Visual Storytelling

A curious horse looks through the bar window of a front door, a little down from above, out of the sunny garden in Jutland into the house. Recorded in 2017.

There’s a Horse Outside the Door

A picture says more than a thousand words. In a project, communication is as important as the air we breathe. It is therefore an important task of the project manager to pave the way for clear and effective communication between the stakeholders. Stakeholders are all actors affected by the project. In addition to the oral votes, the written word is usually used for the exchange within the project. Printed written language, like this text, has the advantage of overcoming space and time. A collaborator in the project can also read this article in a different place and at a different time. To write is also good at conveying abstract thinking. But it is not the best one to get the content quickly and to create feelings. This curious look of the horse through the bar window of the door, a little down from above, from the sunny garden to the viewer is harder to convey with words than with the picture.


The magic triangle in the project has three sides. One side is time. When does the project start and when is it finished? The second side is the cost. And the third side is scope and quality. What should be the result of the project and what quality should it have? A change to one of the three pages automatically leads to a change to the other pages. An example of this. If there is a problem with the deadline and the costs are capped, then the delivery items or its quality must be compromised.

But back to the written word, which only reaches the communication receiver when it is read. Usually reading works by capturing an entire word. Only when we learn to read we read each letter individually and put them together as a word. Later, when we are more experienced, we capture words as a whole (Graham Rawlinson, University of Nottingham, 1976, The significance of letter position in word recognition). To the right is an example. The letters in the words were scrambled. Only the first and last letter of a word remain in their place. Although many letters in the word are wrong, most readers can decode the text.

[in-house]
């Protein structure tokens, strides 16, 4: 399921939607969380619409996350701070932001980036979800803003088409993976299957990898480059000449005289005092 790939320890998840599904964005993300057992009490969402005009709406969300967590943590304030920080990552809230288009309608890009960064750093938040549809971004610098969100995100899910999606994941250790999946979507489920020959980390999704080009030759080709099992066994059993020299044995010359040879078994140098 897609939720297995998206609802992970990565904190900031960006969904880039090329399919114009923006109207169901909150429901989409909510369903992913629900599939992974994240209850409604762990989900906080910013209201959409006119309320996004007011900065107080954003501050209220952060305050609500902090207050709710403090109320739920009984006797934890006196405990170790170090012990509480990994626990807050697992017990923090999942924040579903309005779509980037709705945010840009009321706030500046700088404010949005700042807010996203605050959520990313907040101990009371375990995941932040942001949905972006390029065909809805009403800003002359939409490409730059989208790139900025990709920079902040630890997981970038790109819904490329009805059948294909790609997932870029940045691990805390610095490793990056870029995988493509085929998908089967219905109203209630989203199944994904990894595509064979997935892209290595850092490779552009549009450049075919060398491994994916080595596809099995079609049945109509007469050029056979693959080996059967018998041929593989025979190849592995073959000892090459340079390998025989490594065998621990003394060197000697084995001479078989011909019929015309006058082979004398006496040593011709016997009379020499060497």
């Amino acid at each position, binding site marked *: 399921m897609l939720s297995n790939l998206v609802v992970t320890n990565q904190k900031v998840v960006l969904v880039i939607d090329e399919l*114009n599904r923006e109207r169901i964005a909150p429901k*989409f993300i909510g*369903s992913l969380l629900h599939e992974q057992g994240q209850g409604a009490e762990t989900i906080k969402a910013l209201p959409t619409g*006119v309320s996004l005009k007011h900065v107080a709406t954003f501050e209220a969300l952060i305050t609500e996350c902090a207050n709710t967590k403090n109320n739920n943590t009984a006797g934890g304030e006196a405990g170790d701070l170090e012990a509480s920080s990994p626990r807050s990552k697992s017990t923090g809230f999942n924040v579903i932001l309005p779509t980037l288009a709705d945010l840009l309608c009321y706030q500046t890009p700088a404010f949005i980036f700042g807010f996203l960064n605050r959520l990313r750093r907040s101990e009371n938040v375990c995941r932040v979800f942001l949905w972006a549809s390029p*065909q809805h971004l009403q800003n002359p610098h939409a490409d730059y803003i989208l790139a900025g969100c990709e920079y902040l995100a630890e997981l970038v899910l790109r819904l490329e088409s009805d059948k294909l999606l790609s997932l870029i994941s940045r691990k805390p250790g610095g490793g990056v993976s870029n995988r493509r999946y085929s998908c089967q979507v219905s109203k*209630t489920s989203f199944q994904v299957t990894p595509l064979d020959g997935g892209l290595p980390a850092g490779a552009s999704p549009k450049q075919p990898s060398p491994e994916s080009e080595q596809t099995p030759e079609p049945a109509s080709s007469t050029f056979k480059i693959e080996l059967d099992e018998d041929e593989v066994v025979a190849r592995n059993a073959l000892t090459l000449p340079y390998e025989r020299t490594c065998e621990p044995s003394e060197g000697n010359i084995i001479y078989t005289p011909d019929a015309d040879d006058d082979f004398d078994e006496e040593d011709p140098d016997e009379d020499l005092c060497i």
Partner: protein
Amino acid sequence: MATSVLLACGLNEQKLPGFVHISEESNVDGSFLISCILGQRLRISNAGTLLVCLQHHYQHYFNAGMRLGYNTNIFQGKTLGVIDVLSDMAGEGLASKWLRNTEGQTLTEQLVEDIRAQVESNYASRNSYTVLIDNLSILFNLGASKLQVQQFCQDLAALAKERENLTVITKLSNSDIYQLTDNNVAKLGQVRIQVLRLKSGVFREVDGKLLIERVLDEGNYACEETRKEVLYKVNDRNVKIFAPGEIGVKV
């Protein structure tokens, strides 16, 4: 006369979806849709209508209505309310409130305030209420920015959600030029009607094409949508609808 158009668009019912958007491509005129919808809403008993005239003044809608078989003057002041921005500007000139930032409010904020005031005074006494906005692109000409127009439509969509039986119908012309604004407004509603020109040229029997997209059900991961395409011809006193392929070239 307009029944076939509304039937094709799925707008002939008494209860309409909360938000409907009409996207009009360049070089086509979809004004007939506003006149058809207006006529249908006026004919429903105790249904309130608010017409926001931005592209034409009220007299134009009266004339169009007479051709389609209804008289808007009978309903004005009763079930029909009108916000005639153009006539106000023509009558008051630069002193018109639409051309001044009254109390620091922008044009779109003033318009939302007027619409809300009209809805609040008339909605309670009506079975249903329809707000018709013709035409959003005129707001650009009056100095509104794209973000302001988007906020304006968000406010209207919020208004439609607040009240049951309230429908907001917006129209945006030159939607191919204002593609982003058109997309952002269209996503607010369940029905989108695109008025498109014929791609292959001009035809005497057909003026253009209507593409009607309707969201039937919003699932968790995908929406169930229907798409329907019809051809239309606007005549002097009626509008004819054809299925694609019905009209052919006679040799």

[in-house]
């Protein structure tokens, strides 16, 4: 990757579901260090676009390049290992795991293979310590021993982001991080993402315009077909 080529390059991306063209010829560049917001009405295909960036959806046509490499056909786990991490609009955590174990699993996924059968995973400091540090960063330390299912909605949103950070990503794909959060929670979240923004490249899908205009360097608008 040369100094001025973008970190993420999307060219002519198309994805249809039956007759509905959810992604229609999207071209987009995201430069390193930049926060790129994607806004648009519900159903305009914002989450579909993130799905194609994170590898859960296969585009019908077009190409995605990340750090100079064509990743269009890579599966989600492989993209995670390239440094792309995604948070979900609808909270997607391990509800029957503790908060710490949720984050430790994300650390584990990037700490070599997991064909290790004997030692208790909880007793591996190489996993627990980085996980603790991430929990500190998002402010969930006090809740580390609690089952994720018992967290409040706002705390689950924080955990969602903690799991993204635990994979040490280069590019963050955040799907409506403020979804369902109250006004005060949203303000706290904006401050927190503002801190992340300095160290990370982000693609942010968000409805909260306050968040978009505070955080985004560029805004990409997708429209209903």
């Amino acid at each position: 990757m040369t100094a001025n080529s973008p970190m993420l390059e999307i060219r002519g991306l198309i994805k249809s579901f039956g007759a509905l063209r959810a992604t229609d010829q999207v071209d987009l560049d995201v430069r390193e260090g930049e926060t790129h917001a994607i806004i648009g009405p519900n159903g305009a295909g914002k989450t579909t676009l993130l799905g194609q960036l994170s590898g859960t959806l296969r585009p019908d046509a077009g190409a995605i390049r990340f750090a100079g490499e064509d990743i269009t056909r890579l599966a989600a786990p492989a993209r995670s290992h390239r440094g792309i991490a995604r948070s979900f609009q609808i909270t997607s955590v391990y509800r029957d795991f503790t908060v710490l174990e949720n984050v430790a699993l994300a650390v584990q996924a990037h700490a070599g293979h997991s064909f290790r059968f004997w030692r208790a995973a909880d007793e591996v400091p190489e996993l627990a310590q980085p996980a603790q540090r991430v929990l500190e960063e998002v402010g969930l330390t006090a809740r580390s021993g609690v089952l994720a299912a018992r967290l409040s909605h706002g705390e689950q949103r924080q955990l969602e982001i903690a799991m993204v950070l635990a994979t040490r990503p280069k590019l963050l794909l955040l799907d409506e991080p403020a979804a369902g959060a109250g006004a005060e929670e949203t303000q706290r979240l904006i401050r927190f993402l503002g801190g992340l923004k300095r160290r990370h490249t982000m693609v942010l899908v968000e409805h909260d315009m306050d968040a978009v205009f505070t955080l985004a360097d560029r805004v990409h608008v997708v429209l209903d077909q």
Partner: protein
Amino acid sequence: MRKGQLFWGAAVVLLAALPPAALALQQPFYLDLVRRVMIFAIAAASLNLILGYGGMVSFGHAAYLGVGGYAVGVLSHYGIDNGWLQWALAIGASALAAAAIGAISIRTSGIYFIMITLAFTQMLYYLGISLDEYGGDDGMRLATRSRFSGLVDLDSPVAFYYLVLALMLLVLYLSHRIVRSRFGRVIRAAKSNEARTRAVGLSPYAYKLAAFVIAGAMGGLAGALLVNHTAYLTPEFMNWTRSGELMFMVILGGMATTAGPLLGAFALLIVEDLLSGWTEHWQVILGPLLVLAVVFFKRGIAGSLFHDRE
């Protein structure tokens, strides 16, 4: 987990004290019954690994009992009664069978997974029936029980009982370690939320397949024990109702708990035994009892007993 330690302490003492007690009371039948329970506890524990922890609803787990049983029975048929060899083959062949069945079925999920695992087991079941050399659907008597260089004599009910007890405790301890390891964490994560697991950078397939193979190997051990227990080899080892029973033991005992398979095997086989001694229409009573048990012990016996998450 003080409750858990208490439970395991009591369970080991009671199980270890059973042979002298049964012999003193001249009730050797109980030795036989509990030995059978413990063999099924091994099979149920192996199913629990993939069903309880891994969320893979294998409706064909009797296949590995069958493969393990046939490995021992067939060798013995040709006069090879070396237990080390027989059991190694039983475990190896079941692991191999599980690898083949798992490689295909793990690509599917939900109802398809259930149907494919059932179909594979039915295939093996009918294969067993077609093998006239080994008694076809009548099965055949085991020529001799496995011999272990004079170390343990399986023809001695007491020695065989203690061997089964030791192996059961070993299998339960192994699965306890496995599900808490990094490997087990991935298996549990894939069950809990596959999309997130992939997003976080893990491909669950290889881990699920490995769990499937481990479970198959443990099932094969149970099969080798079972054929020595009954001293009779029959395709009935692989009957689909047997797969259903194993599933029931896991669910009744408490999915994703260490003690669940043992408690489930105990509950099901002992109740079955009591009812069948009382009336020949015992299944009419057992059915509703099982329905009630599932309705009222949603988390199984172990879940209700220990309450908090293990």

If it is too difficult, please click on “Reset”. Or enter your own text and then scramble it yourself.

“Once upon a time …”, „Es war einmal …” or「ある日の…… 」

People need stories. As children, we are obsessed to hear stories. However stories start, we prefer to hear good stories rather than endless lists of facts in a PowerPoint presentation. In the project, the project manager can use storytelling to illustrate complex interrelationships. Or she uses the form of the heroic story to convince others of her project. She can win participants more easily than with rational arguments. An emotional story inspires and releases powers.

Visual Storytelling

Visual storytelling now combines the power of images with telling good stories from storytelling. Through social networks, photos and videos are ubiquitous. The number of images in newspapers is increasing. And visual communication with pictures and videos is also increasing in everyday working life.

One example is the Project Model Canvas (PMC) project management tool. The project manager works out a common understanding of the project with her colleagues and uses this visualization in her further communication.

Mobile Only

Finally, a sample picture. The project manager can of course write a lot of text about the change from “mobile first” to “mobile only”. But what about this Tokyo subway picture? All passengers are looking so intensively into their mobile phones that they do not even notice that they are being photographed. Doesn’t convince this picture more than 1,000 words?

In der U-Bahn in Tokyo  

logo ProjektMagazin Inspired by Petra Sammers German article „Visuelles Storytelling – Nutzen Sie die Macht der Bilder!“ from German project management portal ProjektMagazin.

openPM logo Project Model Canvas example taken over unchanged from openPM „Entwicklung einer PM-Canvas“, under the Creative Commons License CC BY 3.0.